5 App User Onboarding Tips to Increase Retention

Ask any mobile app industry expert: “what’s the most important metric to track for my app?” More than likely, you’ll get the same answer from most, if not all, of them: “retention.” 

Especially when it comes to new apps, the reasons to maximize user retention are many, including viral user acquisition and monetization, among others. There are common strategies for increasing retention, but here, we want to talk about a critical stage in your app user retention, and that’s the onboarding process.

The average app loses 77% of its newly acquired users within the first 3 days after installing an app.  This means that the first days are incredibly important, and the user’s very first interaction with the app could mean the difference between a loyal regular user and a churned user.

And this is where onboarding comes in.

The Role of App Onboarding

Hopefully, a new user has a fairly good idea of what to expect from your app from all of the app store elements – the description, screenshots, reviews, etc – or maybe from what they’ve heard from friends, family, or co-workers. 

But, put yourself in the shoes of a user who has just installed your app: 

I’m opening the app for the first time, is it obvious what I’m supposed to do? Do I have a clear sense of what this app will do for me and what to do next? Or are there more complex features that are unfamiliar?

If none of the above is self-explanatory for the user, then you know an onboarding for your app is necessary. If you don’t, you’re more than likely to end up with a frustrated deserter.

In order to avoid this undesirable scenario, you want to provide the Goldilocks app onboarding experience – one that isn’t too overwhelming, too scant, but is just right!

5 User Onboarding tips for increased app retention

    What you’ll learn in this article

  1. User Onboarding Tip: Keep tutorials short and focused
  2. User Onboarding Tip: Keep user registration to the bare minimum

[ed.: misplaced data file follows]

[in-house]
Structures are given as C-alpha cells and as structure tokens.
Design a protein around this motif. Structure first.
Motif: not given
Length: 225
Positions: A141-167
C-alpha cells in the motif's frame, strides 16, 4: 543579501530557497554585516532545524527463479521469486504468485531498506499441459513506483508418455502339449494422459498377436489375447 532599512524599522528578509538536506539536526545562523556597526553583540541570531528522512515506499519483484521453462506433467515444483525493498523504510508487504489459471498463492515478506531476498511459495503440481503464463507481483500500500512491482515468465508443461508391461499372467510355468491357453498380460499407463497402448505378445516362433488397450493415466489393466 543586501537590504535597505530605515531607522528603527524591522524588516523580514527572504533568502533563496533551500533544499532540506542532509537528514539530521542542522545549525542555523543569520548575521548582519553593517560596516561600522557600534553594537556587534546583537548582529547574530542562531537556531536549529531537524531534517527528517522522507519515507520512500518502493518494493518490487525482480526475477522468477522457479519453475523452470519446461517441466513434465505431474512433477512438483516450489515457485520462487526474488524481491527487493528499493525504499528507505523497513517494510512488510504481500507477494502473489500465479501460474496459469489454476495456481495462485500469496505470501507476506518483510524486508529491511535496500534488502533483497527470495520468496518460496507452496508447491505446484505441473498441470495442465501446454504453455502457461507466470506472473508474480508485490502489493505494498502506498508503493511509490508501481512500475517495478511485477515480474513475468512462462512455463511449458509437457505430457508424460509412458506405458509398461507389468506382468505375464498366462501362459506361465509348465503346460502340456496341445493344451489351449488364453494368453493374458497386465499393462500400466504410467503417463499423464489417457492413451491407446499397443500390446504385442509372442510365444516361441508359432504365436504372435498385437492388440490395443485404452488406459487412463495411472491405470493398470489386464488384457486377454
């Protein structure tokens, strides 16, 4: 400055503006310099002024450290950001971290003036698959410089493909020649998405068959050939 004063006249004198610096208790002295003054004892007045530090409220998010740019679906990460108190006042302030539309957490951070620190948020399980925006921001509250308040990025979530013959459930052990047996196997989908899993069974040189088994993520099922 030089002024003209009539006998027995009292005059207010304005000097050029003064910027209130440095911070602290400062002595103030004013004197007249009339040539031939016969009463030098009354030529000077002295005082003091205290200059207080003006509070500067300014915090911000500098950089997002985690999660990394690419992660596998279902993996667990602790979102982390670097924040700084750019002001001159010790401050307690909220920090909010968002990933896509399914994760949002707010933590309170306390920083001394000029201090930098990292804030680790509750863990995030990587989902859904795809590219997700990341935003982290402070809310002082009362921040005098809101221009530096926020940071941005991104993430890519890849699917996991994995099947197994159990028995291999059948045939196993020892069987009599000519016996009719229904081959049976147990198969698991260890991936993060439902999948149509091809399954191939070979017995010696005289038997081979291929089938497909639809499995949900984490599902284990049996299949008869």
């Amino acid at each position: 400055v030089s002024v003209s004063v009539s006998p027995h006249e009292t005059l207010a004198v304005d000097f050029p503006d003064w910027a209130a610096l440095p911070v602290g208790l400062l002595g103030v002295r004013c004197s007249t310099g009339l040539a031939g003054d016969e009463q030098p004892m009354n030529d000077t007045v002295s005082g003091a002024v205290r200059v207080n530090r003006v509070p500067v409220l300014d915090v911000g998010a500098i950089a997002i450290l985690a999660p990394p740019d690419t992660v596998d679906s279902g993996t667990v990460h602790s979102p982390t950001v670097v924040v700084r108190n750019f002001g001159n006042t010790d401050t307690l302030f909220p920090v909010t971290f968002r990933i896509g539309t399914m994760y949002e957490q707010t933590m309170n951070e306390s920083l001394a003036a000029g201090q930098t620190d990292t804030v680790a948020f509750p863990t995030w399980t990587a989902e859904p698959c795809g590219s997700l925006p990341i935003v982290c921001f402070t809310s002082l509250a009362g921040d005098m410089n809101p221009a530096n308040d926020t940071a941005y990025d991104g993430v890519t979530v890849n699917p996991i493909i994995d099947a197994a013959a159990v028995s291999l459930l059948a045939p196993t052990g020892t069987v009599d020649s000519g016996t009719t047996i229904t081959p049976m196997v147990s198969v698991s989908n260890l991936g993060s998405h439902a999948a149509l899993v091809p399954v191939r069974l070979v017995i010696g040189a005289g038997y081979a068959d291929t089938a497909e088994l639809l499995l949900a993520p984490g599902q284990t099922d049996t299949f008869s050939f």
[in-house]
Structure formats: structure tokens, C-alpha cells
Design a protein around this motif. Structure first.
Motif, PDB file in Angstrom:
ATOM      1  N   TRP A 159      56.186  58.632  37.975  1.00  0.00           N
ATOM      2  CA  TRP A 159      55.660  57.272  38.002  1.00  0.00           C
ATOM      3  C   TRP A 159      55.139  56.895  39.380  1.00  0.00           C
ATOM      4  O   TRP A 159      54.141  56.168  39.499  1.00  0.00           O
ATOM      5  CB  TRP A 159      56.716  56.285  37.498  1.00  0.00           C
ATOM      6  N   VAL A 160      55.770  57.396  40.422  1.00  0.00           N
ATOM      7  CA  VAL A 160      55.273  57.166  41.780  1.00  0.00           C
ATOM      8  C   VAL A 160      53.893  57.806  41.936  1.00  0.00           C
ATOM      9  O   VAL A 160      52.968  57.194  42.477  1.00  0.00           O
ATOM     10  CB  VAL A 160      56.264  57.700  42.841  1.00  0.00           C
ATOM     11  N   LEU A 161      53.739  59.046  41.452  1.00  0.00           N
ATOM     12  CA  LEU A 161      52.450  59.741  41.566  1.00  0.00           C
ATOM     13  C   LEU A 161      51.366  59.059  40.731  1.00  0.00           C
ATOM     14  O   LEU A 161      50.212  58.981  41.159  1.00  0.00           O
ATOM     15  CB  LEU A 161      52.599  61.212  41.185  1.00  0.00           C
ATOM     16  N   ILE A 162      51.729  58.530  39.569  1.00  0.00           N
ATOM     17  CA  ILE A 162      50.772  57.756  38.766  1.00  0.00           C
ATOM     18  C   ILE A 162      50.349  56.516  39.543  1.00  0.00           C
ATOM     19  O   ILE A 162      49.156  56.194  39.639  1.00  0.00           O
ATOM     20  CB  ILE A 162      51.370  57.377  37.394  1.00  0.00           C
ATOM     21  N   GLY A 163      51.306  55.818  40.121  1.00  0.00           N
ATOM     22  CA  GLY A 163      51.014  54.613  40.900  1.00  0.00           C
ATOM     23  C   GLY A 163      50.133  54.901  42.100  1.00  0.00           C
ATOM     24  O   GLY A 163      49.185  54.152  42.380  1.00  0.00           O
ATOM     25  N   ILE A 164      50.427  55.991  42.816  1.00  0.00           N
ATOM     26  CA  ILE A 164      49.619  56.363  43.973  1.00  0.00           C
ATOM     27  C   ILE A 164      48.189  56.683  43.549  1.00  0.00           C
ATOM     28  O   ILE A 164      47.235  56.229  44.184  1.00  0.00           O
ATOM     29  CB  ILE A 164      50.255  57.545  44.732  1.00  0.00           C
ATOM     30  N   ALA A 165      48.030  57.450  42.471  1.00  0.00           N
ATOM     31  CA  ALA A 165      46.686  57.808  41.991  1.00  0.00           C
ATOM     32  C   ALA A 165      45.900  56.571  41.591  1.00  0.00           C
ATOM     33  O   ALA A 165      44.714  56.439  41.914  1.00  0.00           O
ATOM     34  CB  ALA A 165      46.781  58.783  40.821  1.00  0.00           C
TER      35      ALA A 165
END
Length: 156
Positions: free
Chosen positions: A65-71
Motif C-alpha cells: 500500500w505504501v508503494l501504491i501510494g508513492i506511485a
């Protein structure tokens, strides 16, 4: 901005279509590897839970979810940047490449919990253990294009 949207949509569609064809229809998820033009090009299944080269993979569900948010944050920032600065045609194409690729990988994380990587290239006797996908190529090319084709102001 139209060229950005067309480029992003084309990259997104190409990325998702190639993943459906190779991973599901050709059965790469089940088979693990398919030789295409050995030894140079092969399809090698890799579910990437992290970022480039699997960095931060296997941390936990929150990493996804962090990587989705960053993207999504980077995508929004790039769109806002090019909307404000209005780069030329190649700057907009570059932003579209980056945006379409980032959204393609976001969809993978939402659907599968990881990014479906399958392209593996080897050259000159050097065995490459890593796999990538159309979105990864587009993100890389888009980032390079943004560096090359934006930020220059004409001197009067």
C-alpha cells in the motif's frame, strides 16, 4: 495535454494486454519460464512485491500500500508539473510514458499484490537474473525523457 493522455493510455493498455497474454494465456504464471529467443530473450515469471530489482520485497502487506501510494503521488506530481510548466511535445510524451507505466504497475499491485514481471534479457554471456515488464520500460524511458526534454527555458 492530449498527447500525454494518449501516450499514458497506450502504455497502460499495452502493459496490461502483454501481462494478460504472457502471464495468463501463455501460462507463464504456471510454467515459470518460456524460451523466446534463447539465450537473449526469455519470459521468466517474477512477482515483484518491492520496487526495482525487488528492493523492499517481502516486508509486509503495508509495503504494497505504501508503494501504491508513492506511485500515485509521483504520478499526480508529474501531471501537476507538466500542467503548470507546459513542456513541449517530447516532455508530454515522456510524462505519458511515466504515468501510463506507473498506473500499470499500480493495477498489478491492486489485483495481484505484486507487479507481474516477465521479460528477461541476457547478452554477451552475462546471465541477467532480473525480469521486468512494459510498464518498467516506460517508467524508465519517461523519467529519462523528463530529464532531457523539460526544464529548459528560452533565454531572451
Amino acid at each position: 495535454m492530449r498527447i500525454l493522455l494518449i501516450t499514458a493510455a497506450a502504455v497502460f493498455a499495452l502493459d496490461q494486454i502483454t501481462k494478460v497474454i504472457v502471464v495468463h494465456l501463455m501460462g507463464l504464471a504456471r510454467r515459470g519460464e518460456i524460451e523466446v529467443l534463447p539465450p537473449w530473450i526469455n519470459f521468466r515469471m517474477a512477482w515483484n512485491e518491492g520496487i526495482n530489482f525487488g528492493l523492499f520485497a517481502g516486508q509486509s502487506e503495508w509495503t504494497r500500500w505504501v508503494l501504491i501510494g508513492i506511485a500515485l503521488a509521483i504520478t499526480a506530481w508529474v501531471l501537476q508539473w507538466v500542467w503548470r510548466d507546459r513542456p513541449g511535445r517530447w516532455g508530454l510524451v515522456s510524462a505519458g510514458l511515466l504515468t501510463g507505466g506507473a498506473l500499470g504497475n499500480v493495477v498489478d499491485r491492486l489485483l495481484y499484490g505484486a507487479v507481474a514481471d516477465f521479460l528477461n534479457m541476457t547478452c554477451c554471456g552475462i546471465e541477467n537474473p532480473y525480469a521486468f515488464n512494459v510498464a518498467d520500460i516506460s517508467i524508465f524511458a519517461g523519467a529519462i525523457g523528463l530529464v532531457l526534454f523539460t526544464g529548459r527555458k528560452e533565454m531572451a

3. User Onboarding Tip: Consider using an on-the-go interactive tour
  4. User Onboarding Tip: Incorporate timely visual hints or tips
  5. User Onboarding Tip: Avoid empty states or dead-end pages

App User Onboarding Tips

#1 User Onboarding Tip: Keep tutorials short and focused

When you open a newly-installed app, one of the first things you’re likely to see is a tutorial or walkthrough about how to use this app. This makes sense, especially if there are features or functions the user needs to know to get the most out of the product. But, what you don’t want to do is kill an excited first-time user’s momentum by bombarding them with 7-8 screens explaining all of the app’s functions at once.

First off, that’s way too much information for one person to absorb at one time when all they want to do is get to the good stuff. That’s why you want to keep your static walkthrough short (max 5 screens) or – if you choose to do an animated one – to make it short and digestible.

Also, it’s actually not necessary to give the user every detail about your app upfront. You want to keep the tutorial focused so that it gives them just enough to get started. If there’s a feature that can be explained later – once the user is already engaged and happy with their download decision – you’re better off waiting until they’re ready.

Wavely, a job search app, uses a short 4-screen scrolling carousel that succinctly walks you through how to use the app upon first opening the app. It’s quick, concise and gives the user just enough information to know what they’re getting into and how to proceed without information overload.